Bishop Robert Prevost with Pope Francis. (Credit: Vatican News.)
ROME – When the cardinals decided to elect history’s first pope from Latin America in 2013, it was probably baked into the cake that the new pontiff would be a bit ambivalent about the United States. Given the checkered history of American involvement in the region, many prelates from south of the border harbor a love/hate relationship with the States.
Among other things, one can detect Francis’s mixed feelings in the naming of new cardinals.
Pope Benedict XVI was legendarily pro-American, a great admirer of Tocqueville and the American version of church/state separation. His enthusiasm was reflected in his distribution of red hats, naming nine Americans in just five consistories over eight years.
His American nominations were:
By way of contrast, Francis now has held eight consistories over almost ten years, and has elevated only five Americans:
Some of that, of course, is part of a broader pattern under Francis of bypassing established centers of power in favor of naming new cardinals for the peripheries. It’s not just Americans who’ve been overlooked – in Italy, the traditional red hat sees of Milan, Genoa and Turin are all currently led by archbishops rather than cardinals.
Yet by naming Robert Prevost the new prefect of the Vatican’s Dicastery for Bishops Jan. 30, Francis likely has positioned the 67-year-old as his sixth American cardinal whenever he next decides to host a consistory.
He’s not obligated to elevate Prevost, but even for the decidedly non-traditional Francis, it probably would be a bit odd for the official in charge of bishops not to be a cardinal – the dicastery has been led by a cardinal uninterruptedly since the early 19th century, and prior to that it was mostly run by cardinals even though the de jure head of the dicastery was the pope himself.
In any event, tapping an American to run the Vatican’s “bishop factory” certainly belies impressions that the pontiff is uniformly hostile to prelates from the United States.
As a result, we now have a large enough sample size that we can sketch a profile of the kind of American who appeals to this pope.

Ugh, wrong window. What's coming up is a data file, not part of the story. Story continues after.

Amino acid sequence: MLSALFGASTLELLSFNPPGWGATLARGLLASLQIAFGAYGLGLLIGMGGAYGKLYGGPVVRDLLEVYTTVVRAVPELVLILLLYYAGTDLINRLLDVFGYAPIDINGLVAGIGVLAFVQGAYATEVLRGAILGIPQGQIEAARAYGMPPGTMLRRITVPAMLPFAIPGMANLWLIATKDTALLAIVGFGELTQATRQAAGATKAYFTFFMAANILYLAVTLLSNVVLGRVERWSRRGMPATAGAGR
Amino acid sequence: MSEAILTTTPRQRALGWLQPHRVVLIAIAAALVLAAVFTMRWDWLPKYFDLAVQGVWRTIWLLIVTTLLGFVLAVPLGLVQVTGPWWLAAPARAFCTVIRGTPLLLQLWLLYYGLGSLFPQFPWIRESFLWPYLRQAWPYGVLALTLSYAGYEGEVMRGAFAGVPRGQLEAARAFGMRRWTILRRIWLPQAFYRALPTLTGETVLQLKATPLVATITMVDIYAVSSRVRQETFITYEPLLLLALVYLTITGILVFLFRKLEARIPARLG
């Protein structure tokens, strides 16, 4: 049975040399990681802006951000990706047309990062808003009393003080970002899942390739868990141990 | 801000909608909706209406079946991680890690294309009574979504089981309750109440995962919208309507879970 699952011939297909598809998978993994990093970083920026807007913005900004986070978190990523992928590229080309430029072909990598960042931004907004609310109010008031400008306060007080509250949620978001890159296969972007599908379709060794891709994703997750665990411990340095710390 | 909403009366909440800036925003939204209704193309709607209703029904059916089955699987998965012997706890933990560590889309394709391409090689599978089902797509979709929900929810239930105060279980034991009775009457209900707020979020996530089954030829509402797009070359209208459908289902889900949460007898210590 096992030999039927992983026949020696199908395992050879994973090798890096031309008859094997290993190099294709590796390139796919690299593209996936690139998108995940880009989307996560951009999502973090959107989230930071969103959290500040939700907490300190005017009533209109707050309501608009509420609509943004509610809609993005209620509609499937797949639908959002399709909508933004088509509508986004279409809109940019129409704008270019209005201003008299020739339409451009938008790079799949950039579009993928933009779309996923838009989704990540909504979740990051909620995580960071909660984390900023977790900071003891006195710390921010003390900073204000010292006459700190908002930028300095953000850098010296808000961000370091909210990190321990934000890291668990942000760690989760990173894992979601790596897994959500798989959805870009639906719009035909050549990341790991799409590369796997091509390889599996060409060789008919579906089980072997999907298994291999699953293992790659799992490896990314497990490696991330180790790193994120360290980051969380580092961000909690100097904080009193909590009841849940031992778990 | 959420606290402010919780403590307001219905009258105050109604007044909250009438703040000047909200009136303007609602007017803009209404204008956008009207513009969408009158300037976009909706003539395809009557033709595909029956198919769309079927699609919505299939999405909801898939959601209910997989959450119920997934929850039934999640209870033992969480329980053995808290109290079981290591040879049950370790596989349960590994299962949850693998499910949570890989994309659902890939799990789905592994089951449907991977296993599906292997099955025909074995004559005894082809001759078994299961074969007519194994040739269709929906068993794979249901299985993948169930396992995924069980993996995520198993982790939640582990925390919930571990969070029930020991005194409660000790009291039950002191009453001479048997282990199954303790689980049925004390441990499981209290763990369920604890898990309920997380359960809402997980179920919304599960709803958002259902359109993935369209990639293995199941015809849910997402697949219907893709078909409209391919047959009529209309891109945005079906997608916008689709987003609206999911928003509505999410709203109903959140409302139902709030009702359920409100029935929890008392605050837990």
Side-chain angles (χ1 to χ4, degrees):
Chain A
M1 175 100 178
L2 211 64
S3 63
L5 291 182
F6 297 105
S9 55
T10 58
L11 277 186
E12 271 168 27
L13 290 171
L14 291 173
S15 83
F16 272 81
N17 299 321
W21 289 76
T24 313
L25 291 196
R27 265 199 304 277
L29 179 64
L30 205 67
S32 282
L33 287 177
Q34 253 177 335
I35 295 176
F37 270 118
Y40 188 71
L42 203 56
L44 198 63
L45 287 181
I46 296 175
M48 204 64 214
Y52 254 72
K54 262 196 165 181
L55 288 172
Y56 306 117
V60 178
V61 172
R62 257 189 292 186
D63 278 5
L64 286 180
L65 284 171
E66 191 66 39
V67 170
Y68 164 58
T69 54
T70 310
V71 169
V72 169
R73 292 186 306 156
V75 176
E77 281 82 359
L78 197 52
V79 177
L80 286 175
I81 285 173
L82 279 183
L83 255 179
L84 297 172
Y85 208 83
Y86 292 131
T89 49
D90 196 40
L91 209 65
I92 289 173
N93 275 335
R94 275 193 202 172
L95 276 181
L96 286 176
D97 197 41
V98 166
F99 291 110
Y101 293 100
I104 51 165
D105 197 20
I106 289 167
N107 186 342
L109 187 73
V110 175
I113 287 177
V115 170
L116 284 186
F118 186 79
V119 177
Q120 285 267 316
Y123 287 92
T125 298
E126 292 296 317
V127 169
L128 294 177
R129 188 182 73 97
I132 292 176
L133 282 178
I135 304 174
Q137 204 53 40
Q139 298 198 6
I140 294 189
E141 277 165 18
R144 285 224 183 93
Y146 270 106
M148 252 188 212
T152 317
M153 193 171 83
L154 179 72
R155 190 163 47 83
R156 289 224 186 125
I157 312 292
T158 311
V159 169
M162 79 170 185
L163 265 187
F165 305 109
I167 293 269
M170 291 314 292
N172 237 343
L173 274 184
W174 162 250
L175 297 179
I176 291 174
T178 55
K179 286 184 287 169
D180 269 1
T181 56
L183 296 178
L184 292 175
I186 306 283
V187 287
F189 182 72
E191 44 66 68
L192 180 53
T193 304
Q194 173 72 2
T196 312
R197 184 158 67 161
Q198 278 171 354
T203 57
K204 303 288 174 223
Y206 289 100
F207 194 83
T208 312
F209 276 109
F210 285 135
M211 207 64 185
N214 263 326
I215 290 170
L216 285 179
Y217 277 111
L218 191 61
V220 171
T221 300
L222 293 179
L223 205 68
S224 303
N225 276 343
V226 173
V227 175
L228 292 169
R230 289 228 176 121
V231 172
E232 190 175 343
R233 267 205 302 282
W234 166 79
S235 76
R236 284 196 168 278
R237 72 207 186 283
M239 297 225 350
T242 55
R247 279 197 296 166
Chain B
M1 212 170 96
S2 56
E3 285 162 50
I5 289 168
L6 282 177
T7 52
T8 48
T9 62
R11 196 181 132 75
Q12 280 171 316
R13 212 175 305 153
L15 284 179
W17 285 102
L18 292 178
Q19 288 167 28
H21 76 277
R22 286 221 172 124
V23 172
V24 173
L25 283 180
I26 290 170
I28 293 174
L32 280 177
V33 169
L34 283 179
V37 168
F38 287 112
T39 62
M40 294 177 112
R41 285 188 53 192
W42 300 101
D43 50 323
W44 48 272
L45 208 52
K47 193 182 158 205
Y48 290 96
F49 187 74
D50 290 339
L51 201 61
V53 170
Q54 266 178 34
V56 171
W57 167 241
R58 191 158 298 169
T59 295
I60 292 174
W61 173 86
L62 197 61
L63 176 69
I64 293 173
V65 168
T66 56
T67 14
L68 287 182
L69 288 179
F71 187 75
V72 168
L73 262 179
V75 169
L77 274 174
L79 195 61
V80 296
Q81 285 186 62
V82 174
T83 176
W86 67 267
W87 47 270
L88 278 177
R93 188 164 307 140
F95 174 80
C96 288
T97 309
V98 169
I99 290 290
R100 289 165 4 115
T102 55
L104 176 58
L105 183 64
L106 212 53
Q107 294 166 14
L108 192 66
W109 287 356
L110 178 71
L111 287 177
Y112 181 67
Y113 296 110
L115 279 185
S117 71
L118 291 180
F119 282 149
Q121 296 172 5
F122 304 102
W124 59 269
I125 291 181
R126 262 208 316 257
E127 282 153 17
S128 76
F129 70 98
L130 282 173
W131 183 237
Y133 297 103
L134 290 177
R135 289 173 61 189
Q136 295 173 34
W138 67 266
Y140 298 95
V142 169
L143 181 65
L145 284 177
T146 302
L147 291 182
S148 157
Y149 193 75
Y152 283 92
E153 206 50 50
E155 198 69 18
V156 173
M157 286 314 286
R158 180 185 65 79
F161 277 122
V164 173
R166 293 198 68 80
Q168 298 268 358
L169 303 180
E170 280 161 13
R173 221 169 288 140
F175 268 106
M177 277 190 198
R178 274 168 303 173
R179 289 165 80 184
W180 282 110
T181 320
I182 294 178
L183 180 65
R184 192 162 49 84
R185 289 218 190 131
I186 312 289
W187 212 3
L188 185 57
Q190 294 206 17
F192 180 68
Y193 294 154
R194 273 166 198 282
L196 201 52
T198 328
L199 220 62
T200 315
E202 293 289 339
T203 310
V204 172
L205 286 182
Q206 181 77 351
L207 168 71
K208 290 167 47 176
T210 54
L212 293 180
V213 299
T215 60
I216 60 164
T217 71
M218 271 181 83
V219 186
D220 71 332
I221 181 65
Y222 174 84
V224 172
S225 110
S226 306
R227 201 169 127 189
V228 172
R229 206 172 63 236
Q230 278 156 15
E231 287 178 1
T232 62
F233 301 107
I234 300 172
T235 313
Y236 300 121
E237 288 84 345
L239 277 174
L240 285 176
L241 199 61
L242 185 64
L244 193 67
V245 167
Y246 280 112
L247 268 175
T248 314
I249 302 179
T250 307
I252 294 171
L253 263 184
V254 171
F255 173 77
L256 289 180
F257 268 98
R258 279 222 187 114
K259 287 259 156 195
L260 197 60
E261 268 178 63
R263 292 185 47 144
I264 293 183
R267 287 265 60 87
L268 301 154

To begin with the most obvious point, Francis clearly prefers Americans drawn from what one might loosely call the “liberal” or “progressive” wing of the church – the Cardinal Joseph Bernardin school of American Catholicism, so to speak, rather than the John O’Connor, Bernard Law and Francis George axis which dominated during the John Paul/Benedict years.
Gregory, who’s from the South Side of Chicago, served as an auxiliary bishop under Bernardin from 1983 to 1993, and Prevost is also a Chicagoan who came of age in the church in the Bernardin era. Cupich now holds Bernardin’s post in Chicago, while McElroy is a protégé of the late Archbishop John Quinn in San Francisco, a key Bernardin ally who once succeeded Bernardin as president of the US bishops’ conference.
Even for those without a direct link to Bernardin, Francis’s American cardinals nonetheless reflect a revival of his legacy.
Second, Francis clearly likes his Americans to have some international seasoning, especially in a missionary context.
Prevost has spent the last eight years as a missionary bishop in Peru. Farrell is Irish-born, even if he identifies as an American; McElory, as the bishop of San Diego, literally stands at the border between the US and Latin America; Tobin spent 13 years as superior of the Redemptorists, living in Rome and visiting his order’s missions all over the world; Cupich is the son of Croatian immigrants who speaks six languages; Gregory studied in Rome at the Pontifical Atheneum of St. Anselm.
Once upon a time, Italian church-watchers said of Cardinal Sean O’Malley of Boston that he was il meno americano tra gli americani, “the least American of the Americans,” because of his brown Capuchin habit and beard that reminds Italians of Padre Pio, not to mention his fluent Spanish and Portuguese.
Obviously, that idea of americani meno americani, “less American Americans,” appeals to Francis, in the sense of seeking US prelates who understand that the 67 million Catholics in the country represent just six percent of the global Catholic population, and therefore that American instincts and priorities can’t always prevail in a global church.
Third, Francis, himself a Jesuit, also seems to award bonus points to American prelates who are either members of religious orders, or who at least have some experience of religious life.
Tobin and Prevost are former superiors of religious orders, while Farrell was a member of the Legion of Christ early in his career. Gregory got a taste of Benedictine life at the Sant’Anselmo, as did Cupich at Nebraska’s Mount Michael Benedictine Abbey and High School. McElory, meanwhile, is virtually an honorary Jesuit, holding degrees from both the University of Santa Clara and the Gregorian University in Rome and writing regularly for the Jesuit-edited America magazine.
Presumably, a pope devoted to the idea of “synodality,” meaning making decisions on the basis of wide consultation, believes that some experience of religious life is helpful in promoting a consultative approach to governance.
Bottom line: a “Pope Francis American” is progressive in politics, global in outlook and religious in formation. If you’re looking for the next American to prosper under this pope, that’s probably not a bad check-list to employ.
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